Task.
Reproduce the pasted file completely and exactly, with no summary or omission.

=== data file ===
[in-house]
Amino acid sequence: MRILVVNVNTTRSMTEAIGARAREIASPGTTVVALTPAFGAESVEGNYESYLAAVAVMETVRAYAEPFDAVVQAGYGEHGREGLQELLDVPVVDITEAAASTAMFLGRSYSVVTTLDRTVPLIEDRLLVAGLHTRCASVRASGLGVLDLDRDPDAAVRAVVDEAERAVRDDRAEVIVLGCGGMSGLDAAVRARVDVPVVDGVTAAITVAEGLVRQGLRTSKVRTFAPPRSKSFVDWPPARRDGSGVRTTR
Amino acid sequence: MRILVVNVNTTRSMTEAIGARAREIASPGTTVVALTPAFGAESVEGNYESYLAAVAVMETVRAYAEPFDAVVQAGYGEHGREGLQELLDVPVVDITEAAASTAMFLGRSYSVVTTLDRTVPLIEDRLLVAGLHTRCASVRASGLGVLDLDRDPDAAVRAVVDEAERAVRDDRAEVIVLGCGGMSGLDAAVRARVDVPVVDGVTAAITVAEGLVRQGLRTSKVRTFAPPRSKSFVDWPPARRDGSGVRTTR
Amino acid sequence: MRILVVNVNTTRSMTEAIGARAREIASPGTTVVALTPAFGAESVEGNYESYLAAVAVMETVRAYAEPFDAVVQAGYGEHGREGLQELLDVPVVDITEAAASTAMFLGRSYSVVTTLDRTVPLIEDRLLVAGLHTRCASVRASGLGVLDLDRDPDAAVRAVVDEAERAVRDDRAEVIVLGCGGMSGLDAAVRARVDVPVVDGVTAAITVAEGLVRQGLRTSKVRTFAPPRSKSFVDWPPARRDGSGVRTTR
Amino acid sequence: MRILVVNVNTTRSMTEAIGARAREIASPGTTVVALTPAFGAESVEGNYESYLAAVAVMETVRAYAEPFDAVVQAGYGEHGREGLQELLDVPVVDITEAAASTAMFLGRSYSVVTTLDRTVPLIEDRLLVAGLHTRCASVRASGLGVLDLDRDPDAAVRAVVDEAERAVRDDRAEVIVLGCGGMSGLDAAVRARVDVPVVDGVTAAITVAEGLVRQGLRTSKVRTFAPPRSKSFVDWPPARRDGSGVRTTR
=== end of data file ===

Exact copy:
[in-house]
Amino acid sequence: MRILVVNVNTTRSMTEAIGARAREIASPGTTVVALTPAFGAESVEGNYESYLAAVAVMETVRAYAEPFDAVVQAGYGEHGREGLQELLDVPVVDITEAAASTAMFLGRSYSVVTTLDRTVPLIEDRLLVAGLHTRCASVRASGLGVLDLDRDPDAAVRAVVDEAERAVRDDRAEVIVLGCGGMSGLDAAVRARVDVPVVDGVTAAITVAEGLVRQGLRTSKVRTFAPPRSKSFVDWPPARRDGSGVRTTR
Amino acid sequence: MRILVVNVNTTRSMTEAIGARAREIASPGTTVVALTPAFGAESVEGNYESYLAAVAVMETVRAYAEPFDAVVQAGYGEHGREGLQELLDVPVVDITEAAASTAMFLGRSYSVVTTLDRTVPLIEDRLLVAGLHTRCASVRASGLGVLDLDRDPDAAVRAVVDEAERAVRDDRAEVIVLGCGGMSGLDAAVRARVDVPVVDGVTAAITVAEGLVRQGLRTSKVRTFAPPRSKSFVDWPPARRDGSGVRTTR
Amino acid sequence: MRILVVNVNTTRSMTEAIGARAREIASPGTTVVALTPAFGAESVEGNYESYLAAVAVMETVRAYAEPFDAVVQAGYGEHGREGLQELLDVPVVDITEAAASTAMFLGRSYSVVTTLDRTVPLIEDRLLVAGLHTRCASVRASGLGVLDLDRDPDAAVRAVVDEAERAVRDDRAEVIVLGCGGMSGLDAAVRARVDVPVVDGVTAAITVAEGLVRQGLRTSKVRTFAPPRSKSFVDWPPARRDGSGVRTTR
Amino acid sequence: MRILVVNVNTTRSMTEAIGARAREIASPGTTVVALTPAFGAESVEGNYESYLAAVAVMETVRAYAEPFDAVVQAGYGEHGREGLQELLDVPVVDITEAAASTAMFLGRSYSVVTTLDRTVPLIEDRLLVAGLHTRCASVRASGLGVLDLDRDPDAAVRAVVDEAERAVRDDRAEVIVLGCGGMSGLDAAVRARVDVPVVDGVTAAITVAEGLVRQGLRTSKVRTFAPPRSKSFVDWPPARRDGSGVRTTR